A photo of several small, pewter figures with golden accents, which appear to be a kind, a bishop, and a knight. The photo shows only the busts of these figures.

With all the wizards, dragons, and general magic in Dungeons and Dragons, its easy to let the game slip into the realm of the purely fantastical. After all, magic is a mainstay of the game, and it makes sense that you might not get into all the little details of a realistic medieval world.

Still, not every player is going to be playing a magic-heavy class or race. And grounding your campaign in some more realistic rules and features can go a long way into making the world feel more relatable.

Here, we’ve collected a set of small details you can use to add just the right touch of realism to your DnD world.


The Best Way to Keep Watch in DnD

A photo of a burning campfire against a dark night. The silhouette of the logs are visible, as well as the dirt below, but little else

Pretty much every party, at some point or another, sets up camp to rest for the night. They’ll hitch the horses, lay out the bedrolls, and set up a watch schedule. Particularly dramatic players may note just how they’re keeping watch, too, such as:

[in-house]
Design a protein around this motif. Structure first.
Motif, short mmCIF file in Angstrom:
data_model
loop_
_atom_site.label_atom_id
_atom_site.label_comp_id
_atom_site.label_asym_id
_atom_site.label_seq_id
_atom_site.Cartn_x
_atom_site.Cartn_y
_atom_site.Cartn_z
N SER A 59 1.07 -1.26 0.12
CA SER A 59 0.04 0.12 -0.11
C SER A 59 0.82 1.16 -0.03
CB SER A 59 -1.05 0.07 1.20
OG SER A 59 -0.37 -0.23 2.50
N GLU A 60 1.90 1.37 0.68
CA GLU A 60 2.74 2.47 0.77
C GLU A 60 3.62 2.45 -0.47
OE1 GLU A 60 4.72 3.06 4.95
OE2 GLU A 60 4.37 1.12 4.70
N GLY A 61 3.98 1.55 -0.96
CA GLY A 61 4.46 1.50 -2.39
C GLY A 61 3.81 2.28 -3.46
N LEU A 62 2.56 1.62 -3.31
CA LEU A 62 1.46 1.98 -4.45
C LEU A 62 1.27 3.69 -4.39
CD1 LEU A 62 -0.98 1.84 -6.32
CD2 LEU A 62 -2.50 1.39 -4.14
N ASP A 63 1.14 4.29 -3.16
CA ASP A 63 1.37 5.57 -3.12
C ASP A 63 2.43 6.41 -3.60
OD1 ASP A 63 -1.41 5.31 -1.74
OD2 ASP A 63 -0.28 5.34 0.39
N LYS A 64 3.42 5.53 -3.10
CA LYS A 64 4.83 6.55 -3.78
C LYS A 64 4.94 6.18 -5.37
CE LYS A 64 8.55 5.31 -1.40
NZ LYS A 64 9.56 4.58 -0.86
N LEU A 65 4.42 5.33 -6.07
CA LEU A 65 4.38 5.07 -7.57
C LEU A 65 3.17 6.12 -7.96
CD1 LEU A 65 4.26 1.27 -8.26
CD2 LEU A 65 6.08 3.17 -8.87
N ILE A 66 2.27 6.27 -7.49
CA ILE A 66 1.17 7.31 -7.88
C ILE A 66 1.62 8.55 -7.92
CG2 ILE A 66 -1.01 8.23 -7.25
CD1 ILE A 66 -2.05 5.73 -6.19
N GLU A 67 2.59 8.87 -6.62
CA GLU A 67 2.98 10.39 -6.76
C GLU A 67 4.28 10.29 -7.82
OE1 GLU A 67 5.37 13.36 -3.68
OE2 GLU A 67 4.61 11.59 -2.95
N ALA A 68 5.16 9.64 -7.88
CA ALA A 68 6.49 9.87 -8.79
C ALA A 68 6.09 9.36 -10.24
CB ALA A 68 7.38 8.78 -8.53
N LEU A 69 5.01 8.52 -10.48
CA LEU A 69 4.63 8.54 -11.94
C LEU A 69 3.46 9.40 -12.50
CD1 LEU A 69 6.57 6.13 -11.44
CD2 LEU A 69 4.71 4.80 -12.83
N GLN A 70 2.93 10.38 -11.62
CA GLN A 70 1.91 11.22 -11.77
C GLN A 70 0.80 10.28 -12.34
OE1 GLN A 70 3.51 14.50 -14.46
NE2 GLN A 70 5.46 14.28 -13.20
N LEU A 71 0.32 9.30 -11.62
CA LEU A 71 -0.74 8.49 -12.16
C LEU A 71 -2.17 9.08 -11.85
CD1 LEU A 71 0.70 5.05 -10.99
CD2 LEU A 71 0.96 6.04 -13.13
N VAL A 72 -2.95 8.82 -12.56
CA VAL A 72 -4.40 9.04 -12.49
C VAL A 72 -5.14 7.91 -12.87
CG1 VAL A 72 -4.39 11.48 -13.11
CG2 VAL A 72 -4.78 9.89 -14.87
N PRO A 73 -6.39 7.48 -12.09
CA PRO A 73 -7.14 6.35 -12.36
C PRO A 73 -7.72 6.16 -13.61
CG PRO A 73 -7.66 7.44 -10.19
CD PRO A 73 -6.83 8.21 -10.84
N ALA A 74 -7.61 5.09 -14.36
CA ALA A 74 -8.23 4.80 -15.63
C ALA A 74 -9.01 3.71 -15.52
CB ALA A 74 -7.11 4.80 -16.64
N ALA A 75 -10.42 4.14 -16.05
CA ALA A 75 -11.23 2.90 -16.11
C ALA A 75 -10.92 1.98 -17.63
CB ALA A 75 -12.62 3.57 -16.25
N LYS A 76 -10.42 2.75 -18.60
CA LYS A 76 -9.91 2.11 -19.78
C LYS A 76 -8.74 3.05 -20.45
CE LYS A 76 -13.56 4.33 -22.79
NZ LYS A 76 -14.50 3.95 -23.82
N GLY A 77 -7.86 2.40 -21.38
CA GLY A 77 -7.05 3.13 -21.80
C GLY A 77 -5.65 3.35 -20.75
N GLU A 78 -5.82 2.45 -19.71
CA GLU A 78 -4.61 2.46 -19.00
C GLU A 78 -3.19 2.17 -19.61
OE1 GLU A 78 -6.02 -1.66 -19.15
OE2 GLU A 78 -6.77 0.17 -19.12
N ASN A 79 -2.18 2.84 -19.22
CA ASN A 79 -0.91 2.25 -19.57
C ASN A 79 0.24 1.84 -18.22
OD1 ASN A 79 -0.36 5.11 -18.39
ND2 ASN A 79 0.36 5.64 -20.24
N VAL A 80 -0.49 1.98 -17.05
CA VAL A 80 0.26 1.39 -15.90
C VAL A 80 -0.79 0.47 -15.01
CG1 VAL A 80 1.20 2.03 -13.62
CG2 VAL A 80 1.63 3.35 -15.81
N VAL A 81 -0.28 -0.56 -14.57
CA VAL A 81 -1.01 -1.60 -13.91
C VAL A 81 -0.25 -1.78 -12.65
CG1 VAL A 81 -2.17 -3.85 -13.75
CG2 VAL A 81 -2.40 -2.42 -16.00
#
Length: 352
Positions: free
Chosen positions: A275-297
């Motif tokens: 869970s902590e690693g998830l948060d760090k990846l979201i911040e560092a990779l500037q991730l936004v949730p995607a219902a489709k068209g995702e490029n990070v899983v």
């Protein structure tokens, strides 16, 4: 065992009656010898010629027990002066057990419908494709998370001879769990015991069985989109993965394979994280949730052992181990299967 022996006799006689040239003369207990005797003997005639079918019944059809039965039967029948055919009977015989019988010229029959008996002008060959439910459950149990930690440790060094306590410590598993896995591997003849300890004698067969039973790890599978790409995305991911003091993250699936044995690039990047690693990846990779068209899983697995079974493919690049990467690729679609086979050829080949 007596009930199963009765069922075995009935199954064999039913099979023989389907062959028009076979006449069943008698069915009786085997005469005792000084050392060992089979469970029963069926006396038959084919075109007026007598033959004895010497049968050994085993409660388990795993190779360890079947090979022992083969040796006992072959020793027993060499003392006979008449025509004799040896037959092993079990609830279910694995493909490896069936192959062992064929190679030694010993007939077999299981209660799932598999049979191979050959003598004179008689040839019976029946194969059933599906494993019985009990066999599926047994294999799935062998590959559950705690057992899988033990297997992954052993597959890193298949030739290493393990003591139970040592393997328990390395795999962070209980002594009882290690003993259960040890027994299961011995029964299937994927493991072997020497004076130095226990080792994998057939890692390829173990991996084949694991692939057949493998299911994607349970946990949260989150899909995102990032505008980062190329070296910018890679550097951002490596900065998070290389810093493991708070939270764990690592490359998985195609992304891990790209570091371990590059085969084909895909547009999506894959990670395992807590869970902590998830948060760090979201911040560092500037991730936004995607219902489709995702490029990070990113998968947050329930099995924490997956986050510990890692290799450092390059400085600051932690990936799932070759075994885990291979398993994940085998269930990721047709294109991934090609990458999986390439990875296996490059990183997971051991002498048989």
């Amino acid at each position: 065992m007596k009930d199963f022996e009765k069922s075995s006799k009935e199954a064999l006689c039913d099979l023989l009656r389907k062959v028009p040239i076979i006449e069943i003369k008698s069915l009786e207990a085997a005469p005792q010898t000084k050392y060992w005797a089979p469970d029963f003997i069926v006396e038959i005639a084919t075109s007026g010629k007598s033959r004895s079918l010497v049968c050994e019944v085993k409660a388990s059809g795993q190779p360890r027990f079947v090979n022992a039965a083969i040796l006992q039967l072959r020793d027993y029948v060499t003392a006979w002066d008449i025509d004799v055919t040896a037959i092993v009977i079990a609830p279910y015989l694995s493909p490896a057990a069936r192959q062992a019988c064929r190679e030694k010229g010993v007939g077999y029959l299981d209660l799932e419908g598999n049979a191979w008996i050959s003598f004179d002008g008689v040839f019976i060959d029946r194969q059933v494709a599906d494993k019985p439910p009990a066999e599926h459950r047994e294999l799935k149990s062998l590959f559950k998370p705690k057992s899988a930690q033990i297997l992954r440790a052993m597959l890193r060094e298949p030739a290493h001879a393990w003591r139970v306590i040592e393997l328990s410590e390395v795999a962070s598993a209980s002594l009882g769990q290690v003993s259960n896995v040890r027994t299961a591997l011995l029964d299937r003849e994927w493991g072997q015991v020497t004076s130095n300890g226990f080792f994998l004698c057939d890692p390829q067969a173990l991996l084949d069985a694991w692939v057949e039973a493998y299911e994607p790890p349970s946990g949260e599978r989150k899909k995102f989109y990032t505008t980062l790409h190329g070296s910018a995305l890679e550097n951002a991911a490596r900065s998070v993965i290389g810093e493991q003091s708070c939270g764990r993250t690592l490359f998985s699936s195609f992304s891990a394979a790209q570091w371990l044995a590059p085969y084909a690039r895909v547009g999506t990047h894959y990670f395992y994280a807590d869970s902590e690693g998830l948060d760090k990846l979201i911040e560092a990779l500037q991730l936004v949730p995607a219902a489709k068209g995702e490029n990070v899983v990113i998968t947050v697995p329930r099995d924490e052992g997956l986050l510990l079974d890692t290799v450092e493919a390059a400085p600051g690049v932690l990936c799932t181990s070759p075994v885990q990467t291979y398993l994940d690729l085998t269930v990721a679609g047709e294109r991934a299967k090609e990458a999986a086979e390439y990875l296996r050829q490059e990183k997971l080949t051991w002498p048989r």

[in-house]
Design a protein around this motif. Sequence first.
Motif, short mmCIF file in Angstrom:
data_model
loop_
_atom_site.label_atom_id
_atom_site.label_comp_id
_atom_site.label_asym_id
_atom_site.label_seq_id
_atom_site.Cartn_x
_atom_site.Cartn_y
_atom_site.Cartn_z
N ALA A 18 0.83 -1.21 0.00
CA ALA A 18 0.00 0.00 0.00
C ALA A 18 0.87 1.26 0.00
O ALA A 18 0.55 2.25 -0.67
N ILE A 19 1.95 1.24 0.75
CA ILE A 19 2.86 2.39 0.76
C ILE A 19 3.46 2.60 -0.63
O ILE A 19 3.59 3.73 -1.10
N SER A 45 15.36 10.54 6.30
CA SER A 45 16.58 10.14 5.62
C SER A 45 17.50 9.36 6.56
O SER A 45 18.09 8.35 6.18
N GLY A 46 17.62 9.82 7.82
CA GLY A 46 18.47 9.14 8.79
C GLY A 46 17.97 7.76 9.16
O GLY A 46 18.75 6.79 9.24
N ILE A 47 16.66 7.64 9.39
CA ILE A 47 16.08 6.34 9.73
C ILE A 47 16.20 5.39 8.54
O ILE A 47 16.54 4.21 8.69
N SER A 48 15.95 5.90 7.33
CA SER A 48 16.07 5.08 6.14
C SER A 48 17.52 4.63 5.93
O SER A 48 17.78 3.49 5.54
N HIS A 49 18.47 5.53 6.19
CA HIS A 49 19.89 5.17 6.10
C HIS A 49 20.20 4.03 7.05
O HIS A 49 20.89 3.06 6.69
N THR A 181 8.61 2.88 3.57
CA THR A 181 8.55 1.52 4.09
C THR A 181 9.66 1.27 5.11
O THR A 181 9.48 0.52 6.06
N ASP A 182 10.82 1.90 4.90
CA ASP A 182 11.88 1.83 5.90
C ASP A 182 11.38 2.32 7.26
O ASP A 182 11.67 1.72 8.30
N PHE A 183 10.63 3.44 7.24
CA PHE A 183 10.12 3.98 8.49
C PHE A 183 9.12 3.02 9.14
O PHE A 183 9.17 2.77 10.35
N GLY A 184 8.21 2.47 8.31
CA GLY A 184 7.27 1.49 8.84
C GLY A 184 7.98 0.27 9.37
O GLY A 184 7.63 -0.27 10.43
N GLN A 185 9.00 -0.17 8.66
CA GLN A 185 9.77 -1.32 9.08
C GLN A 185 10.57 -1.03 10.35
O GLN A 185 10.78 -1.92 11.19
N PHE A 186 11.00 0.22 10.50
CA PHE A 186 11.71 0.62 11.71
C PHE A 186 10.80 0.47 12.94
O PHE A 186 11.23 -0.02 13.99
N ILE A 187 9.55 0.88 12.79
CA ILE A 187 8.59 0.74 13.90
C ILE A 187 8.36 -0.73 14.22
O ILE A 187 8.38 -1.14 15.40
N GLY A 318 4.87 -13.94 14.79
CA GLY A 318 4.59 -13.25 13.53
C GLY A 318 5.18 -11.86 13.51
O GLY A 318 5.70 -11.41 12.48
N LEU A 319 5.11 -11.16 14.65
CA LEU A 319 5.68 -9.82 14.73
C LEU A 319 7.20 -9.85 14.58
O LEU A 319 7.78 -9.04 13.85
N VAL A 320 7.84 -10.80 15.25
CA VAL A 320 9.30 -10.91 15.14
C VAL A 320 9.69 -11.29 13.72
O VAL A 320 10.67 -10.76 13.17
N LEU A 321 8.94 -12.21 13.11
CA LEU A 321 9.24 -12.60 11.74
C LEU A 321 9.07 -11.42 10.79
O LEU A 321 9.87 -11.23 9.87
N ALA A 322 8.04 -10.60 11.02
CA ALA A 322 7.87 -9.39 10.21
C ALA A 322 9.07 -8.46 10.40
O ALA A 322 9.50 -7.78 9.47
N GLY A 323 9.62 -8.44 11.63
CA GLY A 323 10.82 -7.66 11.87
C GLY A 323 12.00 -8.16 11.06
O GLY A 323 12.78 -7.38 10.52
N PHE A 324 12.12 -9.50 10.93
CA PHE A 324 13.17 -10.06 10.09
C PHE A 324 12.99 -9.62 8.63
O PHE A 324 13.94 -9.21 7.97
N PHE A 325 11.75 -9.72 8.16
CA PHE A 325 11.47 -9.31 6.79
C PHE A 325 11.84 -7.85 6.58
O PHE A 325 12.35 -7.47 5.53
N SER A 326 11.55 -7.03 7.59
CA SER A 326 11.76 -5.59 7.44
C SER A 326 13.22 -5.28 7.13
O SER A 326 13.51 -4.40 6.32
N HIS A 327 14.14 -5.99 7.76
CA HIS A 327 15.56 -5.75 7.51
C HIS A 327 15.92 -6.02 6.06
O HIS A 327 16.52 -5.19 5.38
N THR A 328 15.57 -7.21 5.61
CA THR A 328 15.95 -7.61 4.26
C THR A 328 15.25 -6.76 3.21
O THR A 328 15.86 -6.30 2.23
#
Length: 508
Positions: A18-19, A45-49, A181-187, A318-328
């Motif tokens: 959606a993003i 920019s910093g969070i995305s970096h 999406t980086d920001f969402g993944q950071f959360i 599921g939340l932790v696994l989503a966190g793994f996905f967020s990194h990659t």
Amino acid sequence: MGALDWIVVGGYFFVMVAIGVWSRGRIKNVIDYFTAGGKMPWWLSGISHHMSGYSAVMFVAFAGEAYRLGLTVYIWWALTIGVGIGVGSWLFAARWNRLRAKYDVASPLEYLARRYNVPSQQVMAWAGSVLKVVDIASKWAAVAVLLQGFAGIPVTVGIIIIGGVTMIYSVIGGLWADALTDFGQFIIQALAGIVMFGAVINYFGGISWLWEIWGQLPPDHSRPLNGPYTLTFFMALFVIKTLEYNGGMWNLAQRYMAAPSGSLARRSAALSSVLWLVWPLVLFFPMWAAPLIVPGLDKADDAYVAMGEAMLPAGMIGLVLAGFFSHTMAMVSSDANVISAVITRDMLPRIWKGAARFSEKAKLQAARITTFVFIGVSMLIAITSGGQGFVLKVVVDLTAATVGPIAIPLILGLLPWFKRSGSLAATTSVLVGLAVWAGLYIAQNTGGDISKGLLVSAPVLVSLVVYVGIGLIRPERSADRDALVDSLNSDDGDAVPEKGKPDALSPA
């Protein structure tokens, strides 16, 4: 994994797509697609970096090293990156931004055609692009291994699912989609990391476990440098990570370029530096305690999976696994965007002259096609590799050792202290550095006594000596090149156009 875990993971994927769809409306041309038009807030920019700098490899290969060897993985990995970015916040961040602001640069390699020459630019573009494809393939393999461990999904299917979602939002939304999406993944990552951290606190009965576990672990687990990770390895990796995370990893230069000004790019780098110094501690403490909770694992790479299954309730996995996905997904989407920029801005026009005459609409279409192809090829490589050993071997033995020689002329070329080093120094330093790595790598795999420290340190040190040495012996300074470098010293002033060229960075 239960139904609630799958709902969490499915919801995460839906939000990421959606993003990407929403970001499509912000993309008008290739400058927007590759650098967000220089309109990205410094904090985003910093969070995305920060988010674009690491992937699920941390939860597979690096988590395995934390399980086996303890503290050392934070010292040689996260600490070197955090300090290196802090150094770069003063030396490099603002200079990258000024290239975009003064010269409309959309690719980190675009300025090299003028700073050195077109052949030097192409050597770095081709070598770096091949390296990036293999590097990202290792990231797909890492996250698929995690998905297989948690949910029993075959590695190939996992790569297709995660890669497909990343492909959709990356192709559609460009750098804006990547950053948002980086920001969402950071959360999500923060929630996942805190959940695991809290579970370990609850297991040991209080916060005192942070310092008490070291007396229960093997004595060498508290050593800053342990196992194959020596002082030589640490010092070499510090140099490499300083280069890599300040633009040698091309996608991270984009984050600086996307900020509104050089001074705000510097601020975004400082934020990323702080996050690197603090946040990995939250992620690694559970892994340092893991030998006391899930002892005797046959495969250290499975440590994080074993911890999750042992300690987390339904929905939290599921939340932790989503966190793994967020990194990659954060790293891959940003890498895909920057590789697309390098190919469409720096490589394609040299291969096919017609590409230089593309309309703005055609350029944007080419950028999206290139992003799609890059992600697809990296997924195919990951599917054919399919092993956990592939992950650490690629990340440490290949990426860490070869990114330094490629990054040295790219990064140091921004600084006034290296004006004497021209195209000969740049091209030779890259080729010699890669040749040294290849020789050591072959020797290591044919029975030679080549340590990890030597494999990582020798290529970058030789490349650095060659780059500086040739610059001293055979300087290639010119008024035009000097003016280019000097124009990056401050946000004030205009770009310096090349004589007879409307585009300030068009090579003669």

“I gaze into the campfire, keeping an ear and an eye out for danger while I brood over my mistakes in the last combat, how they could have lost my friends their lives.”

This is all well and good, very angsty and all, but there’s a serious problem. Namely, looking into the light.

When you’re keeping watch, looking at the fire is the last thing that you should do. Your enemies will be coming from the darkness of the surrounding wilderness, and even if you hear them coming, it’ll take precious moments for your eyes to adjust.

Instead, make sure that any of your camping-adept characters (like rangers, druids, or even soldiers) know to look away from the fire during their watch. And if they remember, maybe give them advantage on their perception rolls as a realistic sort of reward.


What You'll Drink in a Tavern

Photo of an antique-looking desk, with a drinking horn set on a stand in focus in the front of the photo

If your party is spending the night inside, it’s a good bet that they’ll spend it in a tavern or a bar. And in a tavern or a bar they’ll want to buy some drinks. It’s all good fun to have them get drunk off ale and beer, but realistically that probably wouldn’t happen.

Most medieval drink had relatively low levels of alcohol, meant mainly as a safe substitute for sometimes-dangerous water, which might have carried diseases. It also made up for a lot of the vitamins that their food often lacked, having little fresh fruit or grains in the early middle ages. Even wine would normally be watered down to save on its costs. The good alcohol, the stuff that would get you drunk, would either be much more expensive, or saved for special occasions.

This means that, in a medieval setting, ale is cheap, and water expensive. In DnD, of course, Purify Water is an available spell, so larger cities with access to clerics and temples would be able to provide large quantities of drinking water. But smaller villages would probably have to buy it if they needed it to drink and not just to water their crops.